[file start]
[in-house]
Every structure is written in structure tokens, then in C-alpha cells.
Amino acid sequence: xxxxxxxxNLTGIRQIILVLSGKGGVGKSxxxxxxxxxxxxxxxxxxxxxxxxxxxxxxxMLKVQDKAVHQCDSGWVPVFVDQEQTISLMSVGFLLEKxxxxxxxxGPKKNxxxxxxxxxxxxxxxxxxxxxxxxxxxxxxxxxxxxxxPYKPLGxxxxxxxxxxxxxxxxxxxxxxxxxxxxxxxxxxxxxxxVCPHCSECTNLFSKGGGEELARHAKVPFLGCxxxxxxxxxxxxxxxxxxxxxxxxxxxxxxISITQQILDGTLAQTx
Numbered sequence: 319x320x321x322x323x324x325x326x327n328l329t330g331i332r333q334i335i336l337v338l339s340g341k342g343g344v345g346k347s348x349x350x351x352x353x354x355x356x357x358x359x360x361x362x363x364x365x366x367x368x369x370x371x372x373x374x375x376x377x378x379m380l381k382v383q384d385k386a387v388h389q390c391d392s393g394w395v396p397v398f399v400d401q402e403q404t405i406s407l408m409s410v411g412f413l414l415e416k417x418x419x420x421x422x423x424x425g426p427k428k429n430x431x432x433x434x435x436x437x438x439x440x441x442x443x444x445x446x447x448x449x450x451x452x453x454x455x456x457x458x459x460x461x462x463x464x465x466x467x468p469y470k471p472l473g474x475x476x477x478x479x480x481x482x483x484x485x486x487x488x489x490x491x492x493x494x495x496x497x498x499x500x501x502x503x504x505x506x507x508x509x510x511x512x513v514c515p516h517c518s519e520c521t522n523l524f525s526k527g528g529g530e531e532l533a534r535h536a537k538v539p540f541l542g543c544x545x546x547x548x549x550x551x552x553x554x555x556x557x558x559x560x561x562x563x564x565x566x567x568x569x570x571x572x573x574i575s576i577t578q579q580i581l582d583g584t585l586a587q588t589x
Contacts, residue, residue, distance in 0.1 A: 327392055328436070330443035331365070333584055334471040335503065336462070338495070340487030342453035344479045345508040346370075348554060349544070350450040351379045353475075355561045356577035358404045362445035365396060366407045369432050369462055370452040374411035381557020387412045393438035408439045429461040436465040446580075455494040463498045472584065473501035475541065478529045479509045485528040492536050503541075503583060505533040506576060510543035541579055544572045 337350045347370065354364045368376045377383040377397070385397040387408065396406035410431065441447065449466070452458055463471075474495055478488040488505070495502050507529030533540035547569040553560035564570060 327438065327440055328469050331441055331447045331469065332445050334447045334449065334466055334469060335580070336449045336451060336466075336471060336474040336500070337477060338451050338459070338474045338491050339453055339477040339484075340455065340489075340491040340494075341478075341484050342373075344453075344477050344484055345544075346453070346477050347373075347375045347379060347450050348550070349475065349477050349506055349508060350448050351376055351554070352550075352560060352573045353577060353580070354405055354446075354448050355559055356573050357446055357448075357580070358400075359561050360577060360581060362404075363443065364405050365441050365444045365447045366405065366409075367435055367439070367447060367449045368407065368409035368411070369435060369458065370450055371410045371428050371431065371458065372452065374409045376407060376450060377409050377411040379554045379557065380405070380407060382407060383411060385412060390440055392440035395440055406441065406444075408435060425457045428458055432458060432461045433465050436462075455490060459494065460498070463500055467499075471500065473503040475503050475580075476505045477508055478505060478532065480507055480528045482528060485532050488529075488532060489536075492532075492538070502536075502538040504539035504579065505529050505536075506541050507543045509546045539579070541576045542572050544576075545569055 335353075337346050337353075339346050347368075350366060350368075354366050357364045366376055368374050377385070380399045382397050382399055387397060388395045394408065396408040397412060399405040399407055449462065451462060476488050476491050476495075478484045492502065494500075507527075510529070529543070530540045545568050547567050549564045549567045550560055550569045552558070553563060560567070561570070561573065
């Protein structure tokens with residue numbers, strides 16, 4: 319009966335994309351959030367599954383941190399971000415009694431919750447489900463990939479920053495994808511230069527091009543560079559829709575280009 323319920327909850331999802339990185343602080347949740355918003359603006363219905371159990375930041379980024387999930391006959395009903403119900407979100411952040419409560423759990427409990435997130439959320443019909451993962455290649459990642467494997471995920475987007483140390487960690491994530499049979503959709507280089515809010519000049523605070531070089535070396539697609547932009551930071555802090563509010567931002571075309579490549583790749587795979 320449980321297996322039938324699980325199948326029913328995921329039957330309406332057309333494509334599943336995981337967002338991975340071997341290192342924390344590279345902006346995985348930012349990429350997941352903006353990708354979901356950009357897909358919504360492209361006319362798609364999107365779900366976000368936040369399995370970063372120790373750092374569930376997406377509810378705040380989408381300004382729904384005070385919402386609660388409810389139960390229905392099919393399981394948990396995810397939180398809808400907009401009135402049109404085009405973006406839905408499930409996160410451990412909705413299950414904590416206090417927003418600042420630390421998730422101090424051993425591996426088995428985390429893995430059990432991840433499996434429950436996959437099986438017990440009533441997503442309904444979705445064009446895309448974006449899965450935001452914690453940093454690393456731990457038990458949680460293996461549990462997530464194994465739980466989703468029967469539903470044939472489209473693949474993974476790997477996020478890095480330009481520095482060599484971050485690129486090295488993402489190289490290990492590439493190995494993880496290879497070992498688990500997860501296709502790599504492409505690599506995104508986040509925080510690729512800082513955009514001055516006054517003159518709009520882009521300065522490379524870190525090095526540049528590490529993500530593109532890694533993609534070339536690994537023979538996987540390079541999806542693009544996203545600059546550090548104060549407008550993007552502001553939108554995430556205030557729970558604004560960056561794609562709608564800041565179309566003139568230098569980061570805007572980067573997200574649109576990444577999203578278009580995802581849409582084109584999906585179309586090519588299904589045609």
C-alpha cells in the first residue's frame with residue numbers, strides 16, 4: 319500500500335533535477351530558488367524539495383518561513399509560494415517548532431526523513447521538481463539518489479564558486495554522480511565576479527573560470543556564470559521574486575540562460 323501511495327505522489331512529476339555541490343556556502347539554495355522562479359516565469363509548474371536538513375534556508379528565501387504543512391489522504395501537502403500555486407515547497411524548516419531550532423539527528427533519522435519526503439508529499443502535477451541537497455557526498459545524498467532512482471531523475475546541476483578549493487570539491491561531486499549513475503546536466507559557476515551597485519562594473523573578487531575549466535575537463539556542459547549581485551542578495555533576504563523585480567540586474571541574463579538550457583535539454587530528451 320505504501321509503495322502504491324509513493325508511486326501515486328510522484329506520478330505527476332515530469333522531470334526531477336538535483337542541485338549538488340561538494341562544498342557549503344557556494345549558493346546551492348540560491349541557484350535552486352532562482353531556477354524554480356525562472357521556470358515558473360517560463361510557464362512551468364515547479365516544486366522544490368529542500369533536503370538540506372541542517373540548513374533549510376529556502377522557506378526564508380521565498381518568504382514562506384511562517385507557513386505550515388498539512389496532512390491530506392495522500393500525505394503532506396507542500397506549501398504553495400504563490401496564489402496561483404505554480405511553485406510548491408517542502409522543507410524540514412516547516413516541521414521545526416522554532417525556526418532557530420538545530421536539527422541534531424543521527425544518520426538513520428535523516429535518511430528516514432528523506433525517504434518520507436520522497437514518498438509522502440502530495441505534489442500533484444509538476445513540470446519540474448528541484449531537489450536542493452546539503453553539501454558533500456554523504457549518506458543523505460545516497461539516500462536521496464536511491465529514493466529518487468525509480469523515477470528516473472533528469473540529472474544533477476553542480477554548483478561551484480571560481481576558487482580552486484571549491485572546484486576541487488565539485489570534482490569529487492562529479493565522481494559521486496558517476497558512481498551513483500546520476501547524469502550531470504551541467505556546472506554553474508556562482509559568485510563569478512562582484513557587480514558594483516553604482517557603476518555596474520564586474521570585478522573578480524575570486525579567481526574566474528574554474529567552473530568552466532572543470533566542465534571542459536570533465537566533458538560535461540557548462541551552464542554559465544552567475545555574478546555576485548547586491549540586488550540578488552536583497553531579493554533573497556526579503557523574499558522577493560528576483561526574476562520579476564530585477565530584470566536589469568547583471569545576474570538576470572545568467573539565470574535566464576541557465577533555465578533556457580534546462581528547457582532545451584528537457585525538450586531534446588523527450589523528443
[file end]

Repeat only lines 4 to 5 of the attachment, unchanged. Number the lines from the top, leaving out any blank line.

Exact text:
Numbered sequence: 319x320x321x322x323x324x325x326x327n328l329t330g331i332r333q334i335i336l337v338l339s340g341k342g343g344v345g346k347s348x349x350x351x352x353x354x355x356x357x358x359x360x361x362x363x364x365x366x367x368x369x370x371x372x373x374x375x376x377x378x379m380l381k382v383q384d385k386a387v388h389q390c391d392s393g394w395v396p397v398f399v400d401q402e403q404t405i406s407l408m409s410v411g412f413l414l415e416k417x418x419x420x421x422x423x424x425g426p427k428k429n430x431x432x433x434x435x436x437x438x439x440x441x442x443x444x445x446x447x448x449x450x451x452x453x454x455x456x457x458x459x460x461x462x463x464x465x466x467x468p469y470k471p472l473g474x475x476x477x478x479x480x481x482x483x484x485x486x487x488x489x490x491x492x493x494x495x496x497x498x499x500x501x502x503x504x505x506x507x508x509x510x511x512x513v514c515p516h517c518s519e520c521t522n523l524f525s526k527g528g529g530e531e532l533a534r535h536a537k538v539p540f541l542g543c544x545x546x547x548x549x550x551x552x553x554x555x556x557x558x559x560x561x562x563x564x565x566x567x568x569x570x571x572x573x574i575s576i577t578q579q580i581l582d583g584t585l586a587q588t589x
Contacts, residue, residue, distance in 0.1 A: 327392055328436070330443035331365070333584055334471040335503065336462070338495070340487030342453035344479045345508040346370075348554060349544070350450040351379045353475075355561045356577035358404045362445035365396060366407045369432050369462055370452040374411035381557020387412045393438035408439045429461040436465040446580075455494040463498045472584065473501035475541065478529045479509045485528040492536050503541075503583060505533040506576060510543035541579055544572045 337350045347370065354364045368376045377383040377397070385397040387408065396406035410431065441447065449466070452458055463471075474495055478488040488505070495502050507529030533540035547569040553560035564570060 327438065327440055328469050331441055331447045331469065332445050334447045334449065334466055334469060335580070336449045336451060336466075336471060336474040336500070337477060338451050338459070338474045338491050339453055339477040339484075340455065340489075340491040340494075341478075341484050342373075344453075344477050344484055345544075346453070346477050347373075347375045347379060347450050348550070349475065349477050349506055349508060350448050351376055351554070352550075352560060352573045353577060353580070354405055354446075354448050355559055356573050357446055357448075357580070358400075359561050360577060360581060362404075363443065364405050365441050365444045365447045366405065366409075367435055367439070367447060367449045368407065368409035368411070369435060369458065370450055371410045371428050371431065371458065372452065374409045376407060376450060377409050377411040379554045379557065380405070380407060382407060383411060385412060390440055392440035395440055406441065406444075408435060425457045428458055432458060432461045433465050436462075455490060459494065460498070463500055467499075471500065473503040475503050475580075476505045477508055478505060478532065480507055480528045482528060485532050488529075488532060489536075492532075492538070502536075502538040504539035504579065505529050505536075506541050507543045509546045539579070541576045542572050544576075545569055 335353075337346050337353075339346050347368075350366060350368075354366050357364045366376055368374050377385070380399045382397050382399055387397060388395045394408065396408040397412060399405040399407055449462065451462060476488050476491050476495075478484045492502065494500075507527075510529070529543070530540045545568050547567050549564045549567045550560055550569045552558070553563060560567070561570070561573065